A. The 72(t) strategy is named for the section of the tax code that sets out exceptions to the IRA early withdrawal penalty. The IRA allows you to avoid the penalty (if you are younger than 59 1/2) if you agree to take out "substantially equal periodic payments" (SEPP) from your traditional IRA.
What are the conditions?
The payments must be withdrawn for a minimum of five years or until you turn 59 1/2, whichever comes later. For example, if you are 50, you must take payments for at least nine and a half years. If you are 58, you must take payments until at least age 63.
What are the tax consequences of 72t?
Distributions will be taxed at your ordinary income tax rate. Once you start taking distributions, you cannot make new contributions to the IRA or take additional withdrawals. If you violate any of the rules, you will be charged penalty.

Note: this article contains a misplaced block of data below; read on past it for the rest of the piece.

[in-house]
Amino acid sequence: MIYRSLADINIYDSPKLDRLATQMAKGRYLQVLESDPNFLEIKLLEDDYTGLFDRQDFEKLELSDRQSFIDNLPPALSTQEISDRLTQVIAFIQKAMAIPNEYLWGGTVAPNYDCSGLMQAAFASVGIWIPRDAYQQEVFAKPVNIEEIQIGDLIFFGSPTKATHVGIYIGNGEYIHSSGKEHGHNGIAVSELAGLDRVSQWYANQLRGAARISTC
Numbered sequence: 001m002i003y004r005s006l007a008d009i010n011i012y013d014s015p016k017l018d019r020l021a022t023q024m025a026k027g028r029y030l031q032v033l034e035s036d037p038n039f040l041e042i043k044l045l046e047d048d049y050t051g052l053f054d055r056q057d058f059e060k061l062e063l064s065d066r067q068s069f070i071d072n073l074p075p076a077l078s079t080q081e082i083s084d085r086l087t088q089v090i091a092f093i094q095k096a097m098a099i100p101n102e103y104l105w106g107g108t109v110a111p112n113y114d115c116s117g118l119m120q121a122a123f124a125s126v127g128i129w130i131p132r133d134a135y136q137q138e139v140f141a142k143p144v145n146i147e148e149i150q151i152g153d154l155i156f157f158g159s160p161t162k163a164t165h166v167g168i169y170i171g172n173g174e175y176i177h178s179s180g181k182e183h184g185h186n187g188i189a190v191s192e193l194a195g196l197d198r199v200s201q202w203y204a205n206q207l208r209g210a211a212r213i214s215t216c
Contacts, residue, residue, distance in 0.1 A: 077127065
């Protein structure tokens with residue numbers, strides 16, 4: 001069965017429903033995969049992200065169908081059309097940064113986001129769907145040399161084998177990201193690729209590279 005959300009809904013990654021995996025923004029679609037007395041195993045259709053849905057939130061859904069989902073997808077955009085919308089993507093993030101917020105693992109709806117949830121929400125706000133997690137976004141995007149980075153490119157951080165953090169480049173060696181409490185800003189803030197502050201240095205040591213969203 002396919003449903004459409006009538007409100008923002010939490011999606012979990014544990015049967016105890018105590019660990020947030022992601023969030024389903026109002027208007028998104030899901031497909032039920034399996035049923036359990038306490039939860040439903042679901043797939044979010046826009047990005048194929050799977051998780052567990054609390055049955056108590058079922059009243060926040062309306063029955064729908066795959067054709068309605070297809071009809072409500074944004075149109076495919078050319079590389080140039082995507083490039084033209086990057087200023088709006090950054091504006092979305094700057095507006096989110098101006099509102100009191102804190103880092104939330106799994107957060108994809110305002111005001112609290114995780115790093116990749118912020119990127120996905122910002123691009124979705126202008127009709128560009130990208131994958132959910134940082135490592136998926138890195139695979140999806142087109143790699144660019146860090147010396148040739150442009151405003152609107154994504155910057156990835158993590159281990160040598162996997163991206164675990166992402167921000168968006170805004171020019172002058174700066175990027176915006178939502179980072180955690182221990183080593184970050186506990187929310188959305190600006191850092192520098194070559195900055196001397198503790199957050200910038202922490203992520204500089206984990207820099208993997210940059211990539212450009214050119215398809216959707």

How much are the distributions?
The IRS sets three methods to calculate 72t payments.
The annuitization and amortization methods are similar. You must take same amounts each year.
The distribution method allows variable (and often smaller) payments each year.
You can use the calculator at 72t.net to compare the numbers under the three methods.
How to set up 72t payments?
You can call your IRA custodian to set it up. At tax time, make sure the form 1099-R you receive has code 2 in box 7, which tells IRS the distribution is taxable but not subject to penalty.
The Bottom Line
The biggest disadvantage of 72t is inflexibility. If you are eligible for other early-withdrawal penalty-free conditions, consider the other methods first.